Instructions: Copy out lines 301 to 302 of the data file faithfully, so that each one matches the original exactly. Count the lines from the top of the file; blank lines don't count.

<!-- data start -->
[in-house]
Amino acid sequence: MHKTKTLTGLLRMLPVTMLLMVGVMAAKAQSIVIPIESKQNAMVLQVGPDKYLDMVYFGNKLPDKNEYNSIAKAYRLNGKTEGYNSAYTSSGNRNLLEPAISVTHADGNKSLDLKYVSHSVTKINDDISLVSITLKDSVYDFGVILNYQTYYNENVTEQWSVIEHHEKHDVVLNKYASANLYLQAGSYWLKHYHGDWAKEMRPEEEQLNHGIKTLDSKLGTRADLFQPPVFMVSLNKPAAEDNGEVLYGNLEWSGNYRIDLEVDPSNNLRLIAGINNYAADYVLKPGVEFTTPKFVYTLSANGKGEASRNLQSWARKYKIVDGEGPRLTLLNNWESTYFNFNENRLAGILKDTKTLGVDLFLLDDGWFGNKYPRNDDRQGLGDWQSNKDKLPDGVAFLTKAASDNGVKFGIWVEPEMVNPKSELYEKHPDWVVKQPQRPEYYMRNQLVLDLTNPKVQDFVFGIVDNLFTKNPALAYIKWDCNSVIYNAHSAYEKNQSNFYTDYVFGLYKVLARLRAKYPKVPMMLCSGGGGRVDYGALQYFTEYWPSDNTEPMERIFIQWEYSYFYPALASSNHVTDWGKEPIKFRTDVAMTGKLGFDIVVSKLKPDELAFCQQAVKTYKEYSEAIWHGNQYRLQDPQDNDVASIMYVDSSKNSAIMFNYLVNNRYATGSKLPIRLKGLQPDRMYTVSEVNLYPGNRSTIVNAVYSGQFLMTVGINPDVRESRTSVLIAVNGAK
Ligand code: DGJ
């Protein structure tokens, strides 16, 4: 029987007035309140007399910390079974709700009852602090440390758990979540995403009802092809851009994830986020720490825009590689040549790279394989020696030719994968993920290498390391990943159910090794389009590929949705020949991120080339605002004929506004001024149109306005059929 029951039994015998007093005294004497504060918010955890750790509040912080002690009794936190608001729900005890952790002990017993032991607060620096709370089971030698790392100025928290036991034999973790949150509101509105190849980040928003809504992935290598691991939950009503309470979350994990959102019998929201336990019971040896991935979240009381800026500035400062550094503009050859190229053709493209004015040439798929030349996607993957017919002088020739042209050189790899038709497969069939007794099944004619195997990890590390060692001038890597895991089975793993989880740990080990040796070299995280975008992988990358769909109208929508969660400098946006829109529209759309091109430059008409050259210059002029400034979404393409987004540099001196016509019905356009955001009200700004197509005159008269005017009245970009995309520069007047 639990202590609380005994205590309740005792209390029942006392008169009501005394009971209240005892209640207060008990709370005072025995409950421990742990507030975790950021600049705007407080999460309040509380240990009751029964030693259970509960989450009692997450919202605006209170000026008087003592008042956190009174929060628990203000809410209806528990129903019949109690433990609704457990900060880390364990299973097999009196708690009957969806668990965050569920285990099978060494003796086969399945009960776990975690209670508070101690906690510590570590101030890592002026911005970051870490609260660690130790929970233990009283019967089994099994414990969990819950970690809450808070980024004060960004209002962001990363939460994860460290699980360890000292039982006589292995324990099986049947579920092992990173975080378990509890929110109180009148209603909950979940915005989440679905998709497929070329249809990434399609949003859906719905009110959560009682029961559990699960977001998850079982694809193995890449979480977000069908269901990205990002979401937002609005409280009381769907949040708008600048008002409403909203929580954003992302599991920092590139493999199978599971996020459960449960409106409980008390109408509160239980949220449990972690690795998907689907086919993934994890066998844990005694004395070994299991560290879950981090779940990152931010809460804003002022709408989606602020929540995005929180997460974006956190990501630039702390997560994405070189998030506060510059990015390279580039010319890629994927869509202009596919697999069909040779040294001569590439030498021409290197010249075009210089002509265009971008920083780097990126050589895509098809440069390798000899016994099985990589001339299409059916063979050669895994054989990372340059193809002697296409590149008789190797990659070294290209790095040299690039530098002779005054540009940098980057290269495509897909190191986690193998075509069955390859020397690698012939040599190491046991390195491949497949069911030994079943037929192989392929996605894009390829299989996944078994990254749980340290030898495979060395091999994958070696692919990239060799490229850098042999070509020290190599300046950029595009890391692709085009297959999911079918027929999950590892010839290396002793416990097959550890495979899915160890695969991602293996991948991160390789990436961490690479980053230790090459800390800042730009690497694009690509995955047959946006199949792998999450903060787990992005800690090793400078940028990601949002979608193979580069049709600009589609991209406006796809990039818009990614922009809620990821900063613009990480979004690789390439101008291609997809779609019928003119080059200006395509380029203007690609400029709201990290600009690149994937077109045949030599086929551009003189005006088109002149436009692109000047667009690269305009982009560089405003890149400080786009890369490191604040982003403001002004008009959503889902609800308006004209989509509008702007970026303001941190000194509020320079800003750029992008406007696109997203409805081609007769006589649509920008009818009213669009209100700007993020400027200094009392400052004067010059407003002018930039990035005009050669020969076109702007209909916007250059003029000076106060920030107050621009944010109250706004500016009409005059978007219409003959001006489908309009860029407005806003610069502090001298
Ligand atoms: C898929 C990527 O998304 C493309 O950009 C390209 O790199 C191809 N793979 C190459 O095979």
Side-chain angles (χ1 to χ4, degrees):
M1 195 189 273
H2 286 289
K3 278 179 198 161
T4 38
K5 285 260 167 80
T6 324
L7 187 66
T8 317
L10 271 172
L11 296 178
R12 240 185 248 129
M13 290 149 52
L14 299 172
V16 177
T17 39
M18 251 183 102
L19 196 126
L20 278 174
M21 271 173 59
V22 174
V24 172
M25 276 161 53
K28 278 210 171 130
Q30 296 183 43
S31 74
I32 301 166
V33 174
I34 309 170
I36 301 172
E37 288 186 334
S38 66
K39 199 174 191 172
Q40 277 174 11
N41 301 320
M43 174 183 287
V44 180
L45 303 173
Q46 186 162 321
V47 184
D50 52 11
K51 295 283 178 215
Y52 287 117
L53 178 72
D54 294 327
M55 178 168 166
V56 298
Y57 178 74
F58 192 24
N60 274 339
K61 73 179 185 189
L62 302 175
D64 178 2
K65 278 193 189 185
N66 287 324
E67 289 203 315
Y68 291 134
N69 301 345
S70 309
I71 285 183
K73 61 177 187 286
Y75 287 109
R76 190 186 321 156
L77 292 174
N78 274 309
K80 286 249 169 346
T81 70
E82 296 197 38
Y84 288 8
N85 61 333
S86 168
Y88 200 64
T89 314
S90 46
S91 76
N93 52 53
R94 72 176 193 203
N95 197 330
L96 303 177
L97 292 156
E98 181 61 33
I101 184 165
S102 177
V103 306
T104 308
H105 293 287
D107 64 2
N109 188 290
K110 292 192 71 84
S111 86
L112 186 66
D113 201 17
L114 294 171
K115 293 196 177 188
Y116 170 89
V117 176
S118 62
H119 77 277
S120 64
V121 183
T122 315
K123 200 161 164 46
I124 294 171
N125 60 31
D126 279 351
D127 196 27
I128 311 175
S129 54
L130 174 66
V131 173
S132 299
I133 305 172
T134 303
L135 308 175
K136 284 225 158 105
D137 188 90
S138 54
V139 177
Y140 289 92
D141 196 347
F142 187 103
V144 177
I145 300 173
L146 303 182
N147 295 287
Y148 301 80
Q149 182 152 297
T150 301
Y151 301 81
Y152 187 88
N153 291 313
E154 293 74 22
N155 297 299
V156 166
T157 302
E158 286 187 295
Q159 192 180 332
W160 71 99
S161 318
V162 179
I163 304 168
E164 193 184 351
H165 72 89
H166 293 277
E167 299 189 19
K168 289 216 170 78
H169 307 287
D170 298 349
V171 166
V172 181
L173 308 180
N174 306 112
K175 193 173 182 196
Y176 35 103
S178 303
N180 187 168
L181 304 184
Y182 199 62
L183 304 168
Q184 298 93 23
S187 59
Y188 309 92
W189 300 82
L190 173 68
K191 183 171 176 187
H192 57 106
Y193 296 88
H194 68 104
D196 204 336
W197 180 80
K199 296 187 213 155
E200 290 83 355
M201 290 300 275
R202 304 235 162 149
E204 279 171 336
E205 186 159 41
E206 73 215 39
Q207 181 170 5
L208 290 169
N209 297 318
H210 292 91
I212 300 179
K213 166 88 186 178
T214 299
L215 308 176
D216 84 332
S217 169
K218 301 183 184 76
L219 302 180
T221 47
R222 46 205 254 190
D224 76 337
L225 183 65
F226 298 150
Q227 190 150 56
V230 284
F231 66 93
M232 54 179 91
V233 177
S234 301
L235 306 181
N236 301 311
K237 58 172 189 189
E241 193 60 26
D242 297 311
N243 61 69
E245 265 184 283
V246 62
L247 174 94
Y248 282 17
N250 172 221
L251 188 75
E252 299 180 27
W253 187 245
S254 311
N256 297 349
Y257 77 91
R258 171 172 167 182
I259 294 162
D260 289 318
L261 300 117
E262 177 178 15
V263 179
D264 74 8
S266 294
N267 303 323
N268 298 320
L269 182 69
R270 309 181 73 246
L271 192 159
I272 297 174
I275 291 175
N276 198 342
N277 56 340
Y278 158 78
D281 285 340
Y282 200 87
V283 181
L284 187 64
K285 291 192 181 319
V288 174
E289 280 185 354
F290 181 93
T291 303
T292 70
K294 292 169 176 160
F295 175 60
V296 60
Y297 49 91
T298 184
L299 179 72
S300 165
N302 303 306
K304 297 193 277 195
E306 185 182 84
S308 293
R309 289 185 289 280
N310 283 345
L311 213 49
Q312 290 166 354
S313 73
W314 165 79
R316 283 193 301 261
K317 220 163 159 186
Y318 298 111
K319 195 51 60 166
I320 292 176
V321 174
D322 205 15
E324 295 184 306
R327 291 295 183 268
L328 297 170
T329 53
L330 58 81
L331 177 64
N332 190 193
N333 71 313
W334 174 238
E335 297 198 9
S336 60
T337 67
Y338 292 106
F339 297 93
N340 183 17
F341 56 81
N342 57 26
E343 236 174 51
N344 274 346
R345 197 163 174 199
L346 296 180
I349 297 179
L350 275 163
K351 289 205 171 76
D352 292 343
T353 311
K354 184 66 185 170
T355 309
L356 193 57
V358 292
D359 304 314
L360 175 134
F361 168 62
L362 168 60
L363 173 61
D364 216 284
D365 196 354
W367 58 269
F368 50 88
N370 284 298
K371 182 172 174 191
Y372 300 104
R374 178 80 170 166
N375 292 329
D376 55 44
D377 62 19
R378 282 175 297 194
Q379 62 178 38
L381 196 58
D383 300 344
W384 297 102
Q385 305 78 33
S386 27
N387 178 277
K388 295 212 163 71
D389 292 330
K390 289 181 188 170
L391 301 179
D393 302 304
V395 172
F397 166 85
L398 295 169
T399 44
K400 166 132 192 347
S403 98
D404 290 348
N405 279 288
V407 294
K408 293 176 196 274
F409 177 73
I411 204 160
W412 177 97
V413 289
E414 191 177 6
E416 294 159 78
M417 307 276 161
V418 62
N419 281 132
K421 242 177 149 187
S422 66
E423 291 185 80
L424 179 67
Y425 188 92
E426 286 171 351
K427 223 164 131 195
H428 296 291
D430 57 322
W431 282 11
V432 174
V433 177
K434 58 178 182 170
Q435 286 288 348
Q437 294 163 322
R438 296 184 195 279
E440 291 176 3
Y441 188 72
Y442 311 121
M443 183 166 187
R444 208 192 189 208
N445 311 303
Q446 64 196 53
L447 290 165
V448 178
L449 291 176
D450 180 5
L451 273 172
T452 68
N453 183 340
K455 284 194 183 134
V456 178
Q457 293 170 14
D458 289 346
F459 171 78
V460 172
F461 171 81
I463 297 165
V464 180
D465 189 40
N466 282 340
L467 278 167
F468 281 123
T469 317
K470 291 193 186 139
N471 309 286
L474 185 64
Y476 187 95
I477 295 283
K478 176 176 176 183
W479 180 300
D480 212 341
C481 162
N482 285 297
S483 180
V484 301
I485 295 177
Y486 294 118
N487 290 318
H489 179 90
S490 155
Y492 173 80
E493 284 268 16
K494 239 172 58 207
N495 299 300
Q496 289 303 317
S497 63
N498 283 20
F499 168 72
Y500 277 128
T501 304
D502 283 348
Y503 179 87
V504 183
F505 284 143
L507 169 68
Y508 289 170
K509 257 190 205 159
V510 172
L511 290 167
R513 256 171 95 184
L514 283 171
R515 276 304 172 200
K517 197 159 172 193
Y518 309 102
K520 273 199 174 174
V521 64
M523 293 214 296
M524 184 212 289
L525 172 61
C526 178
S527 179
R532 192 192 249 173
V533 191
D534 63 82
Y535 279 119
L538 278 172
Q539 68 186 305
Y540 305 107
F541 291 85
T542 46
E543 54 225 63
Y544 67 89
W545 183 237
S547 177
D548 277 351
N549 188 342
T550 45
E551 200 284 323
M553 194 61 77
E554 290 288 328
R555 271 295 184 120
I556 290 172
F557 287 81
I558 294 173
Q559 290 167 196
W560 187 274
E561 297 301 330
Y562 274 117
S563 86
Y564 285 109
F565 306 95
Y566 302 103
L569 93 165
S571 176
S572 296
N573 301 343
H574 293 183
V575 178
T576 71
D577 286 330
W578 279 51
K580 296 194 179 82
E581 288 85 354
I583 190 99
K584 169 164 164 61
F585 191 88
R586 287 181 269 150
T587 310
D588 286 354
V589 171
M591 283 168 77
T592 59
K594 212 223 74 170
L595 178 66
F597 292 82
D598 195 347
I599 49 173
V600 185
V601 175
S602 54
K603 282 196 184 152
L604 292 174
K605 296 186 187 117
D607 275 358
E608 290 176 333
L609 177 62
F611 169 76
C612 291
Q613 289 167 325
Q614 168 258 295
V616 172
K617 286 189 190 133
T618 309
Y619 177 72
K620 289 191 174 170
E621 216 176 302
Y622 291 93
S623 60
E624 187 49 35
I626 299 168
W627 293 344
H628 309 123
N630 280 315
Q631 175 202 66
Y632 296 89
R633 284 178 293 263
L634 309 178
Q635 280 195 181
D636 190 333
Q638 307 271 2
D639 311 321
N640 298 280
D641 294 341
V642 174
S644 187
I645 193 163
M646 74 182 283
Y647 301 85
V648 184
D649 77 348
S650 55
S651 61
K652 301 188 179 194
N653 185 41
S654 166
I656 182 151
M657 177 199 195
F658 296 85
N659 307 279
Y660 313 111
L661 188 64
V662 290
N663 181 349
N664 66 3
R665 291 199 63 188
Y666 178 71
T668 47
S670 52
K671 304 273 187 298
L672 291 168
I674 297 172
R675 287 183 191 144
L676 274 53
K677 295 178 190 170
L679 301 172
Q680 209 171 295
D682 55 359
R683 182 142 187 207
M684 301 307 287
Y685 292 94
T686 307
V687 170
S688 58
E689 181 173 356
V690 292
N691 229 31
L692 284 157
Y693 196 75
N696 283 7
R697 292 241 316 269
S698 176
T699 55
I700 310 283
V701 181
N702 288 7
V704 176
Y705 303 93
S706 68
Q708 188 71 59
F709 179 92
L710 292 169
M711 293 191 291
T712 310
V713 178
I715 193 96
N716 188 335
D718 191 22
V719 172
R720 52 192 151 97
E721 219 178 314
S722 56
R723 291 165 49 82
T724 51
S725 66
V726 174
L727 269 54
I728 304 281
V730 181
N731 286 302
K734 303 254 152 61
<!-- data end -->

K354 184 66 185 170
T355 309